As candidates for Santa Ana City Council and mayor were settling in their seats at last week’s debate, the event’s organizers were watching closely to see if candidates would follow a rule to keep cell phones turned off.
There was a bet among the organizers. Connie Hamilton, chairwoman of Connect-to-Council, had wagered $5 that candidates would be good and not look at their phones.
From the beginning of the forum, Mayor Miguel Pulido was staring down at his phone.
“I used to teach high school,” moderator Evangeline Gawronski scolded at a sheepish looking Pulido.
A few minutes later, as other candidates were speaking, Pulido was back to his phone:
It was a display that should come as no surprise to anyone who follows his public life.
Residents have long been irritated at the mayor’s incessant cell phone use at City Council meetings and a general lack of attention from all council members, particularly during the public comments portion. That’s the time when residents raise their grievances about city government before their elected leaders.
Other council members have also shown disrespect to speakers by chatting among themselves during these proceedings — behavior that could violate the state’s open meetings law, according to Terry Francke, Voice of OC’s open government consultant and a statewide open government expert.
But it’s Pulido being glued to his phone that has caused the most frustration.
Consider the exchange between Pulido and Santa Ana resident Laura Perez at the Aug. 5 City Council meeting. Perez demanded to know what Pulido was looking at when he was staring down at his lap instead of paying attention during public comment:
“I’ve noticed in the last five presenters that have stood here, you’ve done nothing but look down,” Perez told the mayor. “I’m hoping you’re not looking at a stop watch… what are you looking at?”
“Please continue,” Pulido said after a moment.
Perez wouldn’t let up.
“What are you looking at?” She said again as the mayor remained silent. “Please answer me… can you answer?”
“I’m looking at you, please continue,” Pulido answered.
“What were you looking at?” Perez demanded. “Your phone?”
It isn’t just council meetings.
Pulido has been known to be constantly on his phone at board meetings for the Orange County Transportation Authority, where he is a board director.
And at the Great Park Board of Directors, where Pulido sat on the board for several years, he was known for spotty attendance and lack of attention. Irvine Mayor Steven Choi sat next to him on the board and said Pulido was often switching between two different phones.
Others are also beginning to take offense at the actions of Pulido and his colleagues in Santa Ana.
A source close to the Santa Ana Police Officers Association said the subtext of a recent letter complaining about anti-police hecklers at the Sept. 2 council meeting is also a complaint about the behavior of council members while police officers were being recognized for their work.
Council members left the chambers, talked to each other and in general didn’t pay attention to the ceremony honoring the officers.
The letter doesn’t explicitly call out council members, but it does request that the police chief and city manager conduct future recognitions of officers in private. Usually, council members or the mayor lead the ceremonies.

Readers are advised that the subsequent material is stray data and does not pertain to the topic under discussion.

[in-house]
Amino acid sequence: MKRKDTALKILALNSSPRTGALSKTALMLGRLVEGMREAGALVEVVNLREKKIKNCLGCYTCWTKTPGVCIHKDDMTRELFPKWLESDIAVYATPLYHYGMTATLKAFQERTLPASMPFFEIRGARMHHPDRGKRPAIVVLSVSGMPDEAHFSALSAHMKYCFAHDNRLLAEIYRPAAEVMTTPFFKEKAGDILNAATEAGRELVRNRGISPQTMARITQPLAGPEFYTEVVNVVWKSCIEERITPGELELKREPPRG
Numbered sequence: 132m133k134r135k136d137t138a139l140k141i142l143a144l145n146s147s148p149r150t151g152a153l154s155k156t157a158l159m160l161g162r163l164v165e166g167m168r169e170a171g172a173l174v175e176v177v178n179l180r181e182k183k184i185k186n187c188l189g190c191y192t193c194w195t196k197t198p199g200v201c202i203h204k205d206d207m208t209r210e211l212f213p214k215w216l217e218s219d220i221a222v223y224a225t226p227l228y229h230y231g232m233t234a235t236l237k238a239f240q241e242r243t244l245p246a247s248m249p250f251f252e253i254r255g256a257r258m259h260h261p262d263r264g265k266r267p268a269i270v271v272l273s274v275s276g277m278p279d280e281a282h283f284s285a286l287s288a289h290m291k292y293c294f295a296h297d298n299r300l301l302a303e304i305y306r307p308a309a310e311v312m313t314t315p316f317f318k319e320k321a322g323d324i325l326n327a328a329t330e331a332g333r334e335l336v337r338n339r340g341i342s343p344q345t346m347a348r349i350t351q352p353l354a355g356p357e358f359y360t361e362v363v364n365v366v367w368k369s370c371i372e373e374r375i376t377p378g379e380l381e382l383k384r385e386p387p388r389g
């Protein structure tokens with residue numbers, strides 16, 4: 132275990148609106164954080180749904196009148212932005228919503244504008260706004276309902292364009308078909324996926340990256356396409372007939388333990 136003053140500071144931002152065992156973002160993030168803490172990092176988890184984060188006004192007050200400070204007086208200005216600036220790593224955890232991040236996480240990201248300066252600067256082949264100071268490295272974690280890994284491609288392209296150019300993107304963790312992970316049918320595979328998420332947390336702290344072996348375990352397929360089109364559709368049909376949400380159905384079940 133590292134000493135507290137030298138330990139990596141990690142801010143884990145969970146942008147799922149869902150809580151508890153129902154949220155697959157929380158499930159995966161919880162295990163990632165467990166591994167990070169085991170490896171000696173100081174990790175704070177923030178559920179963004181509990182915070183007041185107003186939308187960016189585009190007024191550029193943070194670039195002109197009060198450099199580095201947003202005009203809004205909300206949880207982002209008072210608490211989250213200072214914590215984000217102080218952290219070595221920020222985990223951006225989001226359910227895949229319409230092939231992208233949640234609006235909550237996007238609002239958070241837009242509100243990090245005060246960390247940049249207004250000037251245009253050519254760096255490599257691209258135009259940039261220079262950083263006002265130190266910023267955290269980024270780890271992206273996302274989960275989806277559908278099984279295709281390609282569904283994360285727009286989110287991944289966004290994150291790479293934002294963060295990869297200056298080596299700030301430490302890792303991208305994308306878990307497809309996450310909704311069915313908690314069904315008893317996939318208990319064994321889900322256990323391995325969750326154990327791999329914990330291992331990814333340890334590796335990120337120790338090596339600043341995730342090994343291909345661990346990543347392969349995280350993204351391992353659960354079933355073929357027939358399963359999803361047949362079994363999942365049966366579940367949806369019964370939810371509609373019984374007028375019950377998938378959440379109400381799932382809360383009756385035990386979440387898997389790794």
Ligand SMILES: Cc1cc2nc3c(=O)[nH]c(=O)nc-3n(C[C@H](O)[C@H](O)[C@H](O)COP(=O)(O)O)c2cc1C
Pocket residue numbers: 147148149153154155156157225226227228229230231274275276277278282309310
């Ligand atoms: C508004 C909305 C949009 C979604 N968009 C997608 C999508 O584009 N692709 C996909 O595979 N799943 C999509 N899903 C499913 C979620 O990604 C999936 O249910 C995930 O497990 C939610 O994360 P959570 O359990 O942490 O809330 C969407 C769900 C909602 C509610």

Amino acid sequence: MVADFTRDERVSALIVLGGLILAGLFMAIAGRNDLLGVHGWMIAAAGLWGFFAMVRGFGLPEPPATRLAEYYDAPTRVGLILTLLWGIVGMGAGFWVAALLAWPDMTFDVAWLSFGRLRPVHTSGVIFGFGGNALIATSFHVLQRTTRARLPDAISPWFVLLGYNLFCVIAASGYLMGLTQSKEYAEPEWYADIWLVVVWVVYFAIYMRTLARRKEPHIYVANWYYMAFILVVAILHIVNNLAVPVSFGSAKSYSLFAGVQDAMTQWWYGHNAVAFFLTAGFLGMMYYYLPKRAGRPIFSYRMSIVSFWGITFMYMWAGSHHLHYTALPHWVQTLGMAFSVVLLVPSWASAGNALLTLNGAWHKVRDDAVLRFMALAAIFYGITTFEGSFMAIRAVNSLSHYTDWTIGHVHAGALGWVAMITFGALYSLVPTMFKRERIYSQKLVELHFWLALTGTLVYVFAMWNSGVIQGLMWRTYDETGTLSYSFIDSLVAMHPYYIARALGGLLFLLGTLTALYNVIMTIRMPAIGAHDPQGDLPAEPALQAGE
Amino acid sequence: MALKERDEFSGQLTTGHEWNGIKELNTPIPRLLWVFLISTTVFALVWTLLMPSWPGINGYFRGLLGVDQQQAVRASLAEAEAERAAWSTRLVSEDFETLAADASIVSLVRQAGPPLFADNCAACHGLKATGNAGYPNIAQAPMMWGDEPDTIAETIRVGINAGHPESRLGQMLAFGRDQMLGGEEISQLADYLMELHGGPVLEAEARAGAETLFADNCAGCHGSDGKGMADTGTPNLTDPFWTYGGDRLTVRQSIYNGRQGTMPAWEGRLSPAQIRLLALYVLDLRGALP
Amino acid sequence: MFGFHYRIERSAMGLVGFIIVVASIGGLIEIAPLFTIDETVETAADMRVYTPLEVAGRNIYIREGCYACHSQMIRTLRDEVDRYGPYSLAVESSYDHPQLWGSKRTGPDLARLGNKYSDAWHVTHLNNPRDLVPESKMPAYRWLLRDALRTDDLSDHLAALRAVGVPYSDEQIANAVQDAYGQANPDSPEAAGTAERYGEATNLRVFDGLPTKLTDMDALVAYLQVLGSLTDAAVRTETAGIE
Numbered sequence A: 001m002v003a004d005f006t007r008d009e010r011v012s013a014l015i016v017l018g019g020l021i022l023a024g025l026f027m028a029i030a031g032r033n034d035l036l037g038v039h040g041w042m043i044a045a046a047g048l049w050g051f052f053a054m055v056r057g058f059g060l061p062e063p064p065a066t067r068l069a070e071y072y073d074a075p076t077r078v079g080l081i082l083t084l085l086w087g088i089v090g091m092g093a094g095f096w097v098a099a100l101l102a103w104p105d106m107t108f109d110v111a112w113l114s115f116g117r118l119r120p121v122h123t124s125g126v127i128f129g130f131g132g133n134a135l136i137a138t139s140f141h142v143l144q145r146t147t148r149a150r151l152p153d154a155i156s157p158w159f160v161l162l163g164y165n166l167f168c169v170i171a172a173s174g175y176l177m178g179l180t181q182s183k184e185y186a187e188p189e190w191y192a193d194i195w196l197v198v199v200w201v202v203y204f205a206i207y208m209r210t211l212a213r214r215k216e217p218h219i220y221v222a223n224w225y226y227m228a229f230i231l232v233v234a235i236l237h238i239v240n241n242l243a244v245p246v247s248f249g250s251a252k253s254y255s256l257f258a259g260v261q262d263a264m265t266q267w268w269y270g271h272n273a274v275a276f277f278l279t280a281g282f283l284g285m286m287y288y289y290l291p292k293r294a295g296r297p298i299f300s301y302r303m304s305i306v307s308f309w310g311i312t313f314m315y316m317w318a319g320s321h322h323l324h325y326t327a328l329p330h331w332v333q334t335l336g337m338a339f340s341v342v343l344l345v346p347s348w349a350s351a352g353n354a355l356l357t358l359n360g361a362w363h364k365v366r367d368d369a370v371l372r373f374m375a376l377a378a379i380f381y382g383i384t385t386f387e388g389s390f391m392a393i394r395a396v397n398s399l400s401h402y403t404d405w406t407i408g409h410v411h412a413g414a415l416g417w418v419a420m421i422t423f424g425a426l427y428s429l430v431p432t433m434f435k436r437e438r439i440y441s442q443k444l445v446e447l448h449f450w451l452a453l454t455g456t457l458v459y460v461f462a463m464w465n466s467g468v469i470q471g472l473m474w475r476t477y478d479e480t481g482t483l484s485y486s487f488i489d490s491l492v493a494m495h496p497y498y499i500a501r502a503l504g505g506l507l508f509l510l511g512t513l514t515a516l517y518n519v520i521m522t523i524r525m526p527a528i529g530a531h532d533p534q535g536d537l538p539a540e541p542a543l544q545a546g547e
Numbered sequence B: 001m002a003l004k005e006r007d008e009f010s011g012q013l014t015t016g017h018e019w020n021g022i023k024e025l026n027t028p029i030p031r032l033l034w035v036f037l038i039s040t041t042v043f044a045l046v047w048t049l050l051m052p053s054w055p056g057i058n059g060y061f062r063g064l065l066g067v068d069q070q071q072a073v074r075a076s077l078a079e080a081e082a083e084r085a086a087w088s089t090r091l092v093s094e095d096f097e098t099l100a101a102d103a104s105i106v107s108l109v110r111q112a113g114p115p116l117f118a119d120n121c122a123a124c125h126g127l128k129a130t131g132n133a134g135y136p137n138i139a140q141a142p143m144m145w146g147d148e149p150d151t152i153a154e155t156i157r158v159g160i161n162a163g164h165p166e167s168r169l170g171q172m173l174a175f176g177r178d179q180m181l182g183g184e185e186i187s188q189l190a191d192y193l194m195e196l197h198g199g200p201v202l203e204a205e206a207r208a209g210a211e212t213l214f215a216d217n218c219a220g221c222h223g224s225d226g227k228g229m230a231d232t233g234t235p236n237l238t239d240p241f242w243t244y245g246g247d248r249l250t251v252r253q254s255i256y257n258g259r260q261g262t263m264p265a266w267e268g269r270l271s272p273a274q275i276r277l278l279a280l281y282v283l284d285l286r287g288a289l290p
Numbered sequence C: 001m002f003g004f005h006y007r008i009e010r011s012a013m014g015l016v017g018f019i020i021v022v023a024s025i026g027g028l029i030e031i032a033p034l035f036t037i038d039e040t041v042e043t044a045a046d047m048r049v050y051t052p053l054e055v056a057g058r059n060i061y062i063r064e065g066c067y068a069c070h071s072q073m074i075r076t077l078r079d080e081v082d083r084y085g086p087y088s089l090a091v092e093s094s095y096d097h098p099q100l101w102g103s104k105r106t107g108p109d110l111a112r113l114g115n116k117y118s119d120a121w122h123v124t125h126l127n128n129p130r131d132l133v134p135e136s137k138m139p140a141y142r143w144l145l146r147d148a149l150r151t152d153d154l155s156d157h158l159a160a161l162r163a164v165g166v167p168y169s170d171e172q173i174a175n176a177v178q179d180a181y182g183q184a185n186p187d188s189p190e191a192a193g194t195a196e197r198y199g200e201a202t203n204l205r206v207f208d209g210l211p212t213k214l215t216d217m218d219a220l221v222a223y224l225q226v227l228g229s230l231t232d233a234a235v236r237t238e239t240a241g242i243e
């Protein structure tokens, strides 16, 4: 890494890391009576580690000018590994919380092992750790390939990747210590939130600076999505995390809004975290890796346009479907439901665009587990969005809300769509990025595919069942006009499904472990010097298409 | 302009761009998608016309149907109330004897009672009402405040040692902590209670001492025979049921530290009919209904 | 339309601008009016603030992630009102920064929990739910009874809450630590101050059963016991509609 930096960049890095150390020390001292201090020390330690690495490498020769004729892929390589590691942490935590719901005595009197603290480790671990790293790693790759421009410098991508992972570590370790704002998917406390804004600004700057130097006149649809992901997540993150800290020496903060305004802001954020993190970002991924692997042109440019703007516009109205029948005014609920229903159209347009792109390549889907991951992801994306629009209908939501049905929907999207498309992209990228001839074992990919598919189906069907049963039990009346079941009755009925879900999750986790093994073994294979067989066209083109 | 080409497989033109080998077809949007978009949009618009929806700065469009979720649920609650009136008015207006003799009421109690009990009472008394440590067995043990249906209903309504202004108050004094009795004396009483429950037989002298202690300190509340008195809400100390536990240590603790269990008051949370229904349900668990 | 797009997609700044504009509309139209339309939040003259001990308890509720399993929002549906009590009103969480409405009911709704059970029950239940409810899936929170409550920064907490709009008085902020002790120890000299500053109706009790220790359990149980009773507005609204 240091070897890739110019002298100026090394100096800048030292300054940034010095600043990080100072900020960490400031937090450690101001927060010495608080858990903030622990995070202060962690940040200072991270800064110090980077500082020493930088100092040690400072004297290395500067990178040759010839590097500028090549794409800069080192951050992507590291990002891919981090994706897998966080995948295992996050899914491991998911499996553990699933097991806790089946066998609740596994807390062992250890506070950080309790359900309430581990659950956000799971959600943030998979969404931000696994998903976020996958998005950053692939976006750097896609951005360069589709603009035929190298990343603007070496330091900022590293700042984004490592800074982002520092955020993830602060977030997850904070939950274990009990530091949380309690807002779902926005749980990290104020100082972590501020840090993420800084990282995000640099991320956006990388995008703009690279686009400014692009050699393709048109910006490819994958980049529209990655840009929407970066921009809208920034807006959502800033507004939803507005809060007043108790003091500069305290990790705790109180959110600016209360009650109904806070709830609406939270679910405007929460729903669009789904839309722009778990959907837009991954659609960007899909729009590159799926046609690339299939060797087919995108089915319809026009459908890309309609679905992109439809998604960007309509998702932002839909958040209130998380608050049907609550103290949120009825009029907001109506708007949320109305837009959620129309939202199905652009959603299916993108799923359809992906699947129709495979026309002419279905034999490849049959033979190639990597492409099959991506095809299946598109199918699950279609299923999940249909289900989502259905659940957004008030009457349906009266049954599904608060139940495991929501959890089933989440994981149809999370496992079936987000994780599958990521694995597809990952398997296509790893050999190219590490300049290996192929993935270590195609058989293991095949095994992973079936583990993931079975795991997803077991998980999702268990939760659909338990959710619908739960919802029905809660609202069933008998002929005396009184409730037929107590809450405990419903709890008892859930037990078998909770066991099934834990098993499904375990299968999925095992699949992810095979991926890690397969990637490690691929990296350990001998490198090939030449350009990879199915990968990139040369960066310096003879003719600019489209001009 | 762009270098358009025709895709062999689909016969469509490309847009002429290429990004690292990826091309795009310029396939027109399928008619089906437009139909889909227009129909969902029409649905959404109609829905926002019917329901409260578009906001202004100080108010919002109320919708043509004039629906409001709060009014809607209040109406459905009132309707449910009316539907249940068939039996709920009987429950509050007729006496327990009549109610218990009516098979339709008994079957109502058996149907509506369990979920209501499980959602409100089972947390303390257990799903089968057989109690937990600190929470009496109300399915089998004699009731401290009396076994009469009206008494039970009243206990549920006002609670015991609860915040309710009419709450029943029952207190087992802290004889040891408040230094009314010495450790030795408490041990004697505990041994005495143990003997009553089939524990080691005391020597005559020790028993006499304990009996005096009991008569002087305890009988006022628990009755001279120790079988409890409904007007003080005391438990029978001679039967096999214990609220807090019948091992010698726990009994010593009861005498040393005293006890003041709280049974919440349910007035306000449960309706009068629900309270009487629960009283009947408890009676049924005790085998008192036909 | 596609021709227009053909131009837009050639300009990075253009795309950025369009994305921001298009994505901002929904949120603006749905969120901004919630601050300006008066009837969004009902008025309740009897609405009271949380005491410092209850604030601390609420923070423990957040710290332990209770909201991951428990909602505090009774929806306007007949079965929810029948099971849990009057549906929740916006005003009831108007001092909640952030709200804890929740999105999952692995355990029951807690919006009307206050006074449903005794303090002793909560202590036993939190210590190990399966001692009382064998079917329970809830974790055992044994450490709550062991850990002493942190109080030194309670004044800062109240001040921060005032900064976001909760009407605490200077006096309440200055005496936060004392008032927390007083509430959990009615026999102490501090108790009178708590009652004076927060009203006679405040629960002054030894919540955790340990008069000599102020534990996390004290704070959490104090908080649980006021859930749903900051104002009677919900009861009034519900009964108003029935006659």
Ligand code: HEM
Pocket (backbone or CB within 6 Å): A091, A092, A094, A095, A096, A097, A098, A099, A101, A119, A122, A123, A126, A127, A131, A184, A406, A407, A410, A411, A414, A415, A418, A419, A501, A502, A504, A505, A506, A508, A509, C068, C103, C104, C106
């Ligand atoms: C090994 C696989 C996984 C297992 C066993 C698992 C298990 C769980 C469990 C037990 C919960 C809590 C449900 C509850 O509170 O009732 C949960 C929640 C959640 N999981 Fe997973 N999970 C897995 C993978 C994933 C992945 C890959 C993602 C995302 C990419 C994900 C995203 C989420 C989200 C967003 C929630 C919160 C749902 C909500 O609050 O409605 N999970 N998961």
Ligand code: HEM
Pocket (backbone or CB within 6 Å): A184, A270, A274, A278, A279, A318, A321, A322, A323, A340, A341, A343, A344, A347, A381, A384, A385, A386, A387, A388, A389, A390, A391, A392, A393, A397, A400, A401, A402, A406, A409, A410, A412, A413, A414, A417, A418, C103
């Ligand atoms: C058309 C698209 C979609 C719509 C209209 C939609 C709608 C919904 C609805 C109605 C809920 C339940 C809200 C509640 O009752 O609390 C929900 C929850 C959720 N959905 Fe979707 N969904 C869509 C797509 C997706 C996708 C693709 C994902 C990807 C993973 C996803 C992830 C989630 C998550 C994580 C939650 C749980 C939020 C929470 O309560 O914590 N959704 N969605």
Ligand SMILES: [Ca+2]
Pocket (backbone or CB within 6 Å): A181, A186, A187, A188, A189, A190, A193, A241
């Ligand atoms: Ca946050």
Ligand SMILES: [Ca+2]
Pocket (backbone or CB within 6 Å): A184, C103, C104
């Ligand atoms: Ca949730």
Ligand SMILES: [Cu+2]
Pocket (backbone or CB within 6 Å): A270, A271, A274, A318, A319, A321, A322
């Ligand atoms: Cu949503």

Police union President John Franks, who penned the letter, declined to comment on the matter.
Councilwoman Michele Martinez said she had to leave the chambers for urgent city business, but said “I’m not going to make any excuses, I should have been there.”
Martinez and other members of the council publicly apologized at the next meeting and requested that the council chambers decorum rules be reviewed and amended. But their request was mostly directed at the protesters who attended the previous meeting.
In response to the recent controversy, Martinez said she will propose new decorum rules that would allow council members (not just the mayor as is currently the case) to call a recess and have hecklers escorted out of the chambers.
She is also recommending a new rule for the council – no more cell phone use at the dais. If a council member needs to use the phone, he or she should step outside, Martinez said.
“All that should be up there is our iPads because all our council documents are electronic now,” Martinez said.
Martinez added that she had asked City Attorney Sonia Carvalho to ban cell phone use about a year ago.
Other council members and the mayor didn’t return requests for comment or couldn’t be reached.
Carvalho in an interview with Voice of OC said council members should be attentive during meetings, and even said in some cases – such as public hearings on something like a permit appeal – it is illegal for council members not to pay attention.
Carvalho had approved of glancing at the phone periodically and recalled how she once received a text about her daughter being rushed to the emergency room.
But “it’s important that we not be using it or glancing at it in a way that it looks to the public like we’re not paying attention to their business,” Carvalho had said.
Please contact Adam Elmahrek directly at email@example.com and follow him on Twitter: twitter.com/adamelmahrek
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